|student sketch, used with permission|
ELA and reading teachers who find it painful to put aside literary texts (either classic or contemporary literary or even just YA fan-fiction) in favor of informational texts:
- I am tired of reading about compromises you have made to CCSS trainers.
- I am tired of reading requests for lessons and parallel informational texts.
- I am tired of reading requests for ideas for good research paper topics.
Therefore - you must convince leadership that as soon as subject-specific education begins in your district (the CC assumes this is grade 6, but it is not always) the 50-50 or 30-70 rule applies to ALL reading done by a student in a grade level.
If ELA teachers were to teach only literary texts, the other subject areas could easily cover 70% of the reading - the informational part.
Teachers - you need to be proactive about meeting with subject teachers. You need to get them to take on the role of teachers of the informational texts their disciplines require. Add this reading to the whole reading pie at each grade level.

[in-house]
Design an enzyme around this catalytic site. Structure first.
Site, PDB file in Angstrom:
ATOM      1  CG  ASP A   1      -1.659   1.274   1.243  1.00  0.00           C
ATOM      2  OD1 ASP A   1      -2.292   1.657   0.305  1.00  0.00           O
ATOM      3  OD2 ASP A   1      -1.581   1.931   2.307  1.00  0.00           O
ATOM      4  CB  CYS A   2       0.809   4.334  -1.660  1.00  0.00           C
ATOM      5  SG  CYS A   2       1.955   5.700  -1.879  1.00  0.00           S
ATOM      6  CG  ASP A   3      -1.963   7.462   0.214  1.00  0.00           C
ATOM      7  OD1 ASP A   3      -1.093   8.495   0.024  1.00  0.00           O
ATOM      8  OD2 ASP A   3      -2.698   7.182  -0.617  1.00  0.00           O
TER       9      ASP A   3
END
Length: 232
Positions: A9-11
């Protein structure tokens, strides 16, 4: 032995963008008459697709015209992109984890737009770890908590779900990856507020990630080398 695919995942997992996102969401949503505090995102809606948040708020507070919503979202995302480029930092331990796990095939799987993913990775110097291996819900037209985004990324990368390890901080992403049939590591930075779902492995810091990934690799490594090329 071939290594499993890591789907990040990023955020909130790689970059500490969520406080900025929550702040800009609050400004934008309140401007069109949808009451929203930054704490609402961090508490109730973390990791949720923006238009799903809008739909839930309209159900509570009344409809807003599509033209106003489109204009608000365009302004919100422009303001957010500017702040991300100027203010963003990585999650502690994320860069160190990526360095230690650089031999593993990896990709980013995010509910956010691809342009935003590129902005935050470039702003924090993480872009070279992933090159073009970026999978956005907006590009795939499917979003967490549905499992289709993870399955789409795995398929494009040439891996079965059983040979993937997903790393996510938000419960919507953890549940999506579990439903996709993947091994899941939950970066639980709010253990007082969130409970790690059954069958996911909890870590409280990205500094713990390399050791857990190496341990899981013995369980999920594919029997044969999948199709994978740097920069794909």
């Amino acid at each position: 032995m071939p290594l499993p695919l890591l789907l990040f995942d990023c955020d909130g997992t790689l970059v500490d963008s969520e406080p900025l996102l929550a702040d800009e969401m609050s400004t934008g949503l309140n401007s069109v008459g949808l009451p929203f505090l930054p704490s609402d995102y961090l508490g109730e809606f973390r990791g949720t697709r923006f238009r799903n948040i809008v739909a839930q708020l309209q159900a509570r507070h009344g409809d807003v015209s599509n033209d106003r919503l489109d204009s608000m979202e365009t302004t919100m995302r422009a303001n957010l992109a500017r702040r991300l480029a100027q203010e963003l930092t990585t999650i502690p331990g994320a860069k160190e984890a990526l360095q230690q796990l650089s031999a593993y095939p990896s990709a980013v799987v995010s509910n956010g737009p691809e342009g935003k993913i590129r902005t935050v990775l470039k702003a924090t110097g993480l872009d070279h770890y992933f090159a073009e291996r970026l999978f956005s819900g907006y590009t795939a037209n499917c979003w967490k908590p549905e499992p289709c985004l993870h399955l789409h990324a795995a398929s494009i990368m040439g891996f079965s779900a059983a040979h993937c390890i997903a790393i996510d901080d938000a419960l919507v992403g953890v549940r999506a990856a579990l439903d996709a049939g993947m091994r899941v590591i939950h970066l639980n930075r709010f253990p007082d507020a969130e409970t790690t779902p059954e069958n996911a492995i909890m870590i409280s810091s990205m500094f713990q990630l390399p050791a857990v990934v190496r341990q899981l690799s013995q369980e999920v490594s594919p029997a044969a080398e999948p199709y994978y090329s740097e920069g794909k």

It may well be, probably should be, that you will include some literary nonfiction (creative nonfiction) and some informational texts (background readings, images, media) in each of your units. Great! Many students, especially reluctant boy readers, respond better to fiction and other literary texts if they have a very concrete frame of reference. Doing that is nothing new.
But don't give up the texts that have proven to make life-long readers of our children simply to satisfy a misunderstood standard.
PS: PBS Teacherline has some excellent, inexpensive, short(er) "teach reading" courses to for science and history teachers. Maine has similar offerings in the state university system. Check to see what is out there! You can also find basic basic, oft-repeated informational reading strategies in many reliable places online and also (OMG) in many good books. Avoid talking with them about lit circles, though!